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Wendy Brown (Political Science, University of California, Berkeley) is just one of the many scholars who graced the Simpson Center and the University of Washington with her brilliance in Fall 2011, as part of our programs and events co-sponsored with other campus units.
What are the relationships between technological literacy and social change?
Participants in this year’s THATCamp PNW came together on Saturday, November 12, at the University of Washington-Bothell’s Center for Serious Play to explore this question.
Through a Simpson Center internship at local radio station KEXP 90.3 FM, UW graduate student Tiffany Grobelski has worked with KEXP Documentaries producer Michele Myers to create lesson plans for grades 6-12 that explore Seattle’s hip-hop culture.
Transformative Education Behind Bars, a project funded by the Simpson Center, invites UW faculty and graduate students to collaborate with educators at community colleges, nonprofit organizations, other university programs, and correctional facilities to expand educational access and justice for incarcerated students.
On Tuesday, November 15, poet and Professor of English Linda Bierds will present the first Katz Distinguished Lecture of the 2011-2012 academic year.
The research of David Giles, UW graduate student in anthropology and a Society of Scholars fellow at the Simpson Center, was recently highlighted in the Seattle Times.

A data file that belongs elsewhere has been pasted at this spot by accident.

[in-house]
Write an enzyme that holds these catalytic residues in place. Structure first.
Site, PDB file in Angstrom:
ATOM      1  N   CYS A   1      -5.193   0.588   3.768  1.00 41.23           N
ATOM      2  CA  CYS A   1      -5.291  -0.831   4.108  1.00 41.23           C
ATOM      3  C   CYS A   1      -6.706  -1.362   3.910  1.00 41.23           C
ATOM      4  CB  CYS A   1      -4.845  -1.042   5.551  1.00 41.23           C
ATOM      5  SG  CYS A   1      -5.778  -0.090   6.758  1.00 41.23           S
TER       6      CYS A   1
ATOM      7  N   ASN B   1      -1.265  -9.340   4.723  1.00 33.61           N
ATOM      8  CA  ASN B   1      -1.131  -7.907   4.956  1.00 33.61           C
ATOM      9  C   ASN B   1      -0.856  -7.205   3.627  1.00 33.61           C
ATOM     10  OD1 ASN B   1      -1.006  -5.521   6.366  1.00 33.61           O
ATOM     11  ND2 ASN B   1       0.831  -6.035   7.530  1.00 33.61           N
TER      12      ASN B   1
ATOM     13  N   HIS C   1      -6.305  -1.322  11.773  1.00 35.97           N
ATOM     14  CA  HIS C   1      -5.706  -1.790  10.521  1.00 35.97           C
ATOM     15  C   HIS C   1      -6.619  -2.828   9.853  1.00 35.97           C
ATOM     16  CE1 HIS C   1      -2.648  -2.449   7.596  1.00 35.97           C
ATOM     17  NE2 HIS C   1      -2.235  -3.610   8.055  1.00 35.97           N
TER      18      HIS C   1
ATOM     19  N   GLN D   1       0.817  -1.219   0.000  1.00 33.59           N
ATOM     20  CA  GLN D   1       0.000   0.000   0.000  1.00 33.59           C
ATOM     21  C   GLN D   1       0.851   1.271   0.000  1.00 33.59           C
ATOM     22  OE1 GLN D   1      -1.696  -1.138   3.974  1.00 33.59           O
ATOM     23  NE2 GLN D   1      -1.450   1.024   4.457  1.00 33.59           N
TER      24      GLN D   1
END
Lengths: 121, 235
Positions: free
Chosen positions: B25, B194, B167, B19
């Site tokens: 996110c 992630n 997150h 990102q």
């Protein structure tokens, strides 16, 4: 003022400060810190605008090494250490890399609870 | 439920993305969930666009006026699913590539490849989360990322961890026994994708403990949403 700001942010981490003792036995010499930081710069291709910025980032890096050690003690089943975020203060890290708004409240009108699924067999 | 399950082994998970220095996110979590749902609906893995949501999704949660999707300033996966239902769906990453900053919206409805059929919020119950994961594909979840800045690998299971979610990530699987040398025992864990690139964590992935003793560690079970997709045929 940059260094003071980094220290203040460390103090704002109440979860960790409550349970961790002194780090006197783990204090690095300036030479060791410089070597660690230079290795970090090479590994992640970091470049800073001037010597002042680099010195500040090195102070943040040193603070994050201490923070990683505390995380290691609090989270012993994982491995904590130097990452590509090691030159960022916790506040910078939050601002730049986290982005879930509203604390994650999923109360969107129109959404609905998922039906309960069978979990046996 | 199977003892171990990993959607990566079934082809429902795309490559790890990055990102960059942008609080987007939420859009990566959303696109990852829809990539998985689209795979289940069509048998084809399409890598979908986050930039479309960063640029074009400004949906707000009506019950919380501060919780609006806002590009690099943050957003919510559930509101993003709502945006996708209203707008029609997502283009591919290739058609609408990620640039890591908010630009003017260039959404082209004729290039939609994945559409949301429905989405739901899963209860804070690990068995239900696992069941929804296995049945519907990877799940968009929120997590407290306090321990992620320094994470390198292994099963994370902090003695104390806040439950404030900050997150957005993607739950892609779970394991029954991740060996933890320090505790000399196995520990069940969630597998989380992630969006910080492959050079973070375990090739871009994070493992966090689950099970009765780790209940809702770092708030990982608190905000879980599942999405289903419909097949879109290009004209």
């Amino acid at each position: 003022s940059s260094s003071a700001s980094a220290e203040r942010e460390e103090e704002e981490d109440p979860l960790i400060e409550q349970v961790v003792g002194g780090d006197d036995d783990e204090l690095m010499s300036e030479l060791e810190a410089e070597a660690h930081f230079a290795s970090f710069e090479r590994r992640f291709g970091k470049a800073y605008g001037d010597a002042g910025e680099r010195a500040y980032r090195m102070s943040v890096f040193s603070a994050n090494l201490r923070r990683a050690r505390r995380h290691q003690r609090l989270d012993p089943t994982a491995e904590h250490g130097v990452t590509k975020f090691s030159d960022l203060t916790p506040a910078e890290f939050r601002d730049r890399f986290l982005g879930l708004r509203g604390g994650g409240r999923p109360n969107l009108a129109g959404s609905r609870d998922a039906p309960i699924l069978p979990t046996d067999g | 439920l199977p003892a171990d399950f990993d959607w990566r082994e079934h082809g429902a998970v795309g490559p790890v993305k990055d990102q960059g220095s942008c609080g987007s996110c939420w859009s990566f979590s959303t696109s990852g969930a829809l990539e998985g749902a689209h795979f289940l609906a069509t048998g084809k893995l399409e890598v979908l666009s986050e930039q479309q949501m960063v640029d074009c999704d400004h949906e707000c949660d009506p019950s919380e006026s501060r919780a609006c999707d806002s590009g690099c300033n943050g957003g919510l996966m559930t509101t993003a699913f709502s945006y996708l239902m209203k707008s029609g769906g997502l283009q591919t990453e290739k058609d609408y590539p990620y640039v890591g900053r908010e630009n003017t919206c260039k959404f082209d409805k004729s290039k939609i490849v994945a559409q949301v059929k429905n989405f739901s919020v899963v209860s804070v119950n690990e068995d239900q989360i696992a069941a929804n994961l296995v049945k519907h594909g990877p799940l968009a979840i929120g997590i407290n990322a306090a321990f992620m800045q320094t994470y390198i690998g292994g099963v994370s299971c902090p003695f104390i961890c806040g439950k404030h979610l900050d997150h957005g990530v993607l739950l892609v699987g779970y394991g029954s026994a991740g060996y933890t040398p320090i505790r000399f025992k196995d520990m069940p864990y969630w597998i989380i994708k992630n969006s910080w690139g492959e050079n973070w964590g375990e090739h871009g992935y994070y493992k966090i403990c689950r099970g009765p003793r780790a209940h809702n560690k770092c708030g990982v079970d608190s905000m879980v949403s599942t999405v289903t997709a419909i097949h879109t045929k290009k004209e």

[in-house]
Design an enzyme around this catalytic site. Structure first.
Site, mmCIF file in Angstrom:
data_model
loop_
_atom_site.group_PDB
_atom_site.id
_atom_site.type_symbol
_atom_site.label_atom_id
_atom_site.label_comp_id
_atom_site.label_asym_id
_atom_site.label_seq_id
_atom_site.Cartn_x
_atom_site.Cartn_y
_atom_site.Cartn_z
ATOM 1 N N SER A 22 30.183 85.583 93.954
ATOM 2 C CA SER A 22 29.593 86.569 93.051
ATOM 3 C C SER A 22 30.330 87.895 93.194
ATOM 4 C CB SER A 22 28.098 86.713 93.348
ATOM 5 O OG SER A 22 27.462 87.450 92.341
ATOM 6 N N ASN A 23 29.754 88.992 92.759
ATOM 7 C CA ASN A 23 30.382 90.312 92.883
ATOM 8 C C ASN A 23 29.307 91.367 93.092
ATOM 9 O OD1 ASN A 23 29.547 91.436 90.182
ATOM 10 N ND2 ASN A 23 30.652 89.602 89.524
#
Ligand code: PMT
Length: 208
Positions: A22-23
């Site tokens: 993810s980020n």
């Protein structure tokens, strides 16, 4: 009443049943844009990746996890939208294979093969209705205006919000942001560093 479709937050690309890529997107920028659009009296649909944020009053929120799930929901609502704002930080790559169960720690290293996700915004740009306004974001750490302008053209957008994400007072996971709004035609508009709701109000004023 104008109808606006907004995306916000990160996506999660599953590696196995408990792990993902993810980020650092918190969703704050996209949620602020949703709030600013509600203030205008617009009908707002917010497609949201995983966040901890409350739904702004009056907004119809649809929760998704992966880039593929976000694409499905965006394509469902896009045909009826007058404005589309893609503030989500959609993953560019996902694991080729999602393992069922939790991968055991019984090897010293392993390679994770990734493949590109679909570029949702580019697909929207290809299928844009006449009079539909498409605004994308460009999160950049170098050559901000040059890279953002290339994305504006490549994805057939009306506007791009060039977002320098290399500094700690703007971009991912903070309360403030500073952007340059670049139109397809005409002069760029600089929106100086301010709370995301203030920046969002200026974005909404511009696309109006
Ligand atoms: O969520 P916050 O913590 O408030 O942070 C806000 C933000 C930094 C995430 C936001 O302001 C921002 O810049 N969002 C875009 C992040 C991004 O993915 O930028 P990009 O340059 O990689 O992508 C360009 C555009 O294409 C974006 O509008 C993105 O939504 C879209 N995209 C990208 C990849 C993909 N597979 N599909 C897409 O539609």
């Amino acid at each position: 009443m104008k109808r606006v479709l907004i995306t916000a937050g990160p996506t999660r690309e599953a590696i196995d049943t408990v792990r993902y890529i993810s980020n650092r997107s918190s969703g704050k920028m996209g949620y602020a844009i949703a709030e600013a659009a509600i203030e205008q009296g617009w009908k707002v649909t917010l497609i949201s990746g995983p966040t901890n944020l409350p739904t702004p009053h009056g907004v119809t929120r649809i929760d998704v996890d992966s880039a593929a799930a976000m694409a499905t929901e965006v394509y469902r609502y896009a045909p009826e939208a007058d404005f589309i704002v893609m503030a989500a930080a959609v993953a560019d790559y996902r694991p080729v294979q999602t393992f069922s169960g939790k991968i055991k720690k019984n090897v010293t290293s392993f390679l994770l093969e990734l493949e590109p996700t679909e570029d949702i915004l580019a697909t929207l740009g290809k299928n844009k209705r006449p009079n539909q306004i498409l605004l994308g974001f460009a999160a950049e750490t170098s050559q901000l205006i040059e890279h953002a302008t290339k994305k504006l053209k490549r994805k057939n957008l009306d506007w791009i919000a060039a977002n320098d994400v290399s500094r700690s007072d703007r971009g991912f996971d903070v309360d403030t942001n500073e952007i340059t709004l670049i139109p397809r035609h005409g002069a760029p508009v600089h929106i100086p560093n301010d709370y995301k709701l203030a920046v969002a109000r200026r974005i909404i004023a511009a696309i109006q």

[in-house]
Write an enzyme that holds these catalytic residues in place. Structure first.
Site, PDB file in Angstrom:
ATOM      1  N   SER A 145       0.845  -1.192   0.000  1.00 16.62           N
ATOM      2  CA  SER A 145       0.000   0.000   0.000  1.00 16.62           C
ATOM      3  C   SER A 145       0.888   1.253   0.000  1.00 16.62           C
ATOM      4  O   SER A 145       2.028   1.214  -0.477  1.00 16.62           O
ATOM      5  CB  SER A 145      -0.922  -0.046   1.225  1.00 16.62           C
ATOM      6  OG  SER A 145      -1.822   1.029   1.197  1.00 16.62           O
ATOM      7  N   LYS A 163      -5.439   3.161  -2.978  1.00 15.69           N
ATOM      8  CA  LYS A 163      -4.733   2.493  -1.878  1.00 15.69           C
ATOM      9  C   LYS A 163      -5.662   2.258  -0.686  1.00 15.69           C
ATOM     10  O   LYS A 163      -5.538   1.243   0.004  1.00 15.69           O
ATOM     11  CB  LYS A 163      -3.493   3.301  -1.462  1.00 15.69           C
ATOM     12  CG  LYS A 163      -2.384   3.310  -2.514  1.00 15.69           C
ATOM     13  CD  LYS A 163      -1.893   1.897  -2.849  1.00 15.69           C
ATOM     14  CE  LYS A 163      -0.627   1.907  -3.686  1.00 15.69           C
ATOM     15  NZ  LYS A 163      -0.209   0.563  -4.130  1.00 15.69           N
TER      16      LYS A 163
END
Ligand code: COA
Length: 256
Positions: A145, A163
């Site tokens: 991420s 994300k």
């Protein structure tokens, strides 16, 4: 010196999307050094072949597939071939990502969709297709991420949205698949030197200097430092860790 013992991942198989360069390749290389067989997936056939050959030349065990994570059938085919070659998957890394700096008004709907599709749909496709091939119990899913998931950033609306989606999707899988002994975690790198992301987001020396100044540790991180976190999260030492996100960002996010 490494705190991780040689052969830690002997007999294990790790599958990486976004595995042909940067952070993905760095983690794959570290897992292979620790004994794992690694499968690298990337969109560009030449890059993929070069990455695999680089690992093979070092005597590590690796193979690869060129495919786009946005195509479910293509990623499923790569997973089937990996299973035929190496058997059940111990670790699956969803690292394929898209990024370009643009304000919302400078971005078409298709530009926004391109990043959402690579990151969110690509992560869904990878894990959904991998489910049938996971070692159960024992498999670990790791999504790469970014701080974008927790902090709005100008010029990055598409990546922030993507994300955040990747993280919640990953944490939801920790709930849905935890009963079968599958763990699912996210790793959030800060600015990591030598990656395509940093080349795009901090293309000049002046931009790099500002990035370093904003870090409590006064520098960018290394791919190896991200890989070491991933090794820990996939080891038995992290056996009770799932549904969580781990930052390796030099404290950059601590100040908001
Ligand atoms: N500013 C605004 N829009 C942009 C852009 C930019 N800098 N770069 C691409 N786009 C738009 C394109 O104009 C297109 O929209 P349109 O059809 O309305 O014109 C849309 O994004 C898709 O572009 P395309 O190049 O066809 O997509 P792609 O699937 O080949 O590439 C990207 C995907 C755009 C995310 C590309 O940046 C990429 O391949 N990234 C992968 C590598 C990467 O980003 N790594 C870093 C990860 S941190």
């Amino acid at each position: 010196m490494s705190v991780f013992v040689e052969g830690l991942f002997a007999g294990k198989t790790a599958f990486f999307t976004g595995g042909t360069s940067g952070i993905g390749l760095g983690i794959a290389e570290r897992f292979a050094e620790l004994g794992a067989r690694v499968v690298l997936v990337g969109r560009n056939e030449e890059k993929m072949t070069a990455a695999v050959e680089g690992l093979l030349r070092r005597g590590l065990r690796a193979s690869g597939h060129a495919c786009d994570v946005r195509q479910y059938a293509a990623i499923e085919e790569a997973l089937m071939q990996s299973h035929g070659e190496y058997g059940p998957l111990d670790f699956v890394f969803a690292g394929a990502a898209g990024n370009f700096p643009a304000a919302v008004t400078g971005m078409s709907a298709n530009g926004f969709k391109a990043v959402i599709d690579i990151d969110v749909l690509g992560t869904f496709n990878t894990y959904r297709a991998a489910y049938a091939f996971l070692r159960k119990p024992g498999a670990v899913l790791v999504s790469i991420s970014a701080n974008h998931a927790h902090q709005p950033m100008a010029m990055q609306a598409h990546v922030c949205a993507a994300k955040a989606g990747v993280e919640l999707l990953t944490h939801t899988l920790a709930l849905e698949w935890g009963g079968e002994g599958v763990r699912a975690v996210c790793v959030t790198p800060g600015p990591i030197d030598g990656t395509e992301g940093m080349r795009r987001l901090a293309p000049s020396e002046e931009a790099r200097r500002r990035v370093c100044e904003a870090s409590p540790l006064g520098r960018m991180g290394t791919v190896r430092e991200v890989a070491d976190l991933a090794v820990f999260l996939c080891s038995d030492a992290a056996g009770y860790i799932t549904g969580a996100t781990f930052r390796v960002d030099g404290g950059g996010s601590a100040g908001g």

Artist, activist, and scholar Sharon Daniel recently visited the University of Washington to present from her current series of new media documentaries.
Her visit helped coalesce campus discussions and program building around media arts and activism, digital humanities, and public scholarship.
Two UW scholars doing research in video games studies were recently sponsored by the Simpson Center for the Humanities to attend this year’s Serious Play Conference. Edmond Chang and Theresa Horstman, graduate students in English and Education, respectively, took part in the conference, which was held at the DigiPen Institute of Technology in Redmond, Washington.
The Simpson Center would like to extend a big “thank you!” to all UW faculty and staff who have donated toward the Digital Humanities Commons since Spring 2011.
Enormous growth in biological knowledge during the past 100 years or so – and increasing worldwide use of that information to manipulate and build living systems – pose unique opportunities and challenges for the scientific community and humanity at large: Potential risks include engineered biological organisms, proliferations of infectious disease, human manipulation of the biosphere for food and fuel, and of the human genome sequence in reproductive technology.